The Record Company
Early Songs and Rarities
The Record Company is truly one of the most innovative bands to emerge on the music scene in recent years. The Grammy-nominated, Los Angeles-based trio includes frontman Chris Vos (vocals/guitar/harp), Alex Stiff (bass) and Marc Cazorla (drums). Their unique blues-rock style gleans all of the best elements of such icons as John Lee Hooker and Muddy Waters to create a fresh sound. For Record Store Day 2019 the band offered fans a vinyl-only recording of early unreleased material, which sold out. Luckily, it is now available on all streaming and digital services. With eight originals and an eclectic trio of covers, the self-produced collection is indeed a gift to fans. The cuts paint a bigger picture of the band’s progression.
From the first howling harmonica notes, “Darlin’ Jane” instantly opens the record with the leg-tapping, head-bobbing, body-moving sound that is vintage TRC, right through to the song’s closing harp. Following it with an alternate version of their killer track, “This Crooked City” (Give It Back To You 2016), Vos uses much less falsetto than the original and changes some lyrics, and in particular, one key, poignant lyric. Then we shared a couple of tears becomes Then we had a couple of beers, which drastically alters the meaning. Both versions of the song are equally moving and offer a somber glimpse into the dark underbelly of unscrupulous living.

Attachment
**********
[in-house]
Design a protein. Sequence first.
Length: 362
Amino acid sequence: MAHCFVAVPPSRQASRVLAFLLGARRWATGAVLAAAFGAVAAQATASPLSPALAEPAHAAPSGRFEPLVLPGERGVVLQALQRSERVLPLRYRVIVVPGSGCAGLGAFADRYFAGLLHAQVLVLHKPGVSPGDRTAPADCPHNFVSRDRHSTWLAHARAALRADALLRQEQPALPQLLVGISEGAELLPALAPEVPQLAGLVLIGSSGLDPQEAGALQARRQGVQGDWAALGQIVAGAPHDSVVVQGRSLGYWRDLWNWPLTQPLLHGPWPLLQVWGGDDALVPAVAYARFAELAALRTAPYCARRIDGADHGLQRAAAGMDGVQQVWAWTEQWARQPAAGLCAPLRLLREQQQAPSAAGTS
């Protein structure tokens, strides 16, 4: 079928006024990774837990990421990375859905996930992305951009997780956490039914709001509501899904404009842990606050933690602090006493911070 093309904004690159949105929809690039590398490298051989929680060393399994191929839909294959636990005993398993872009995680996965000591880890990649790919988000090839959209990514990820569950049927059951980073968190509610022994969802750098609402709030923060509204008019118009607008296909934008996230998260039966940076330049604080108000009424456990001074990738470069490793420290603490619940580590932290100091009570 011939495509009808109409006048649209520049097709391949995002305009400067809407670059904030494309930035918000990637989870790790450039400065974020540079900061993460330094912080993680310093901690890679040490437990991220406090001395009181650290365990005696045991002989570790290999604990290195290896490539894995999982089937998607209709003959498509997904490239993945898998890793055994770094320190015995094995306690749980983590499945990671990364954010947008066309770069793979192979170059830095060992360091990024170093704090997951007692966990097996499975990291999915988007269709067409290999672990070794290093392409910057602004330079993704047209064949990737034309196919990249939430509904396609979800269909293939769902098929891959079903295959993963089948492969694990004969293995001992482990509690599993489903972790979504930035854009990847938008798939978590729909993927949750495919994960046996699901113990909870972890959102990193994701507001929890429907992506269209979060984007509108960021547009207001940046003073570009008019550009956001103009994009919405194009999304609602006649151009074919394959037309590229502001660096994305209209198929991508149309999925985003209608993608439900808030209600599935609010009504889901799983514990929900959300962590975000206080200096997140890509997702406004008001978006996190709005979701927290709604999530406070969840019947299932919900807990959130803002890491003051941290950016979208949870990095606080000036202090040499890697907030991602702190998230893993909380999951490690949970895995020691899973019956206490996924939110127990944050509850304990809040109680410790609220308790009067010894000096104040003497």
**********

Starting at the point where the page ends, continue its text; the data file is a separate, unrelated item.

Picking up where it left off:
“Medicine Man” features a drum-driven beat and infectious slide grooves from Vos while “Ain’t Love Warm” sidles up and wraps itself around you. There’s just something about the way Vos sings that is spellbinding.
The cover of the Grateful Dead’s “New Speedway Boogie” would make Jerry Garcia proud. It introduces an entire new generation to this timeless classic inspired by the tragic turn of events at the Altamont Speedway Free Festival in California, 1969.
Jimmy Reed’s “Bright Lights, Big City” is spruced up with denser harp and heavier piano but doesn’t venture too far from the stellar original, while the Beastie Boys’ cover, “So What’Cha Want,” is just a whole lot of fun. It’s a total departure from what you would expect the band to do and they give it their own spin.
“Never Gonna Cry For Me” sounds like an open-ended track, as if the boys were sitting around jamming and never quite finished this mostly instrumental delta blues number. It feels like something Sonny Landreth might have recorded.
There’s some dirty slide on the drum-driven “Goodbye Sad Eyes,” a song that will make you move. It’s one of my favorites.
“4 Days 3 Nights” has more of a country blues vibe and a great harp solo.
I wasn’t really feeling the closer, “The Jailor.” It’s a bit heavy to end the record, but overall, I highly recommend adding this one to any collection. When live music finally gets back to being a “thing,” jump at the chance to see The Record Company in concert. They are fantastic.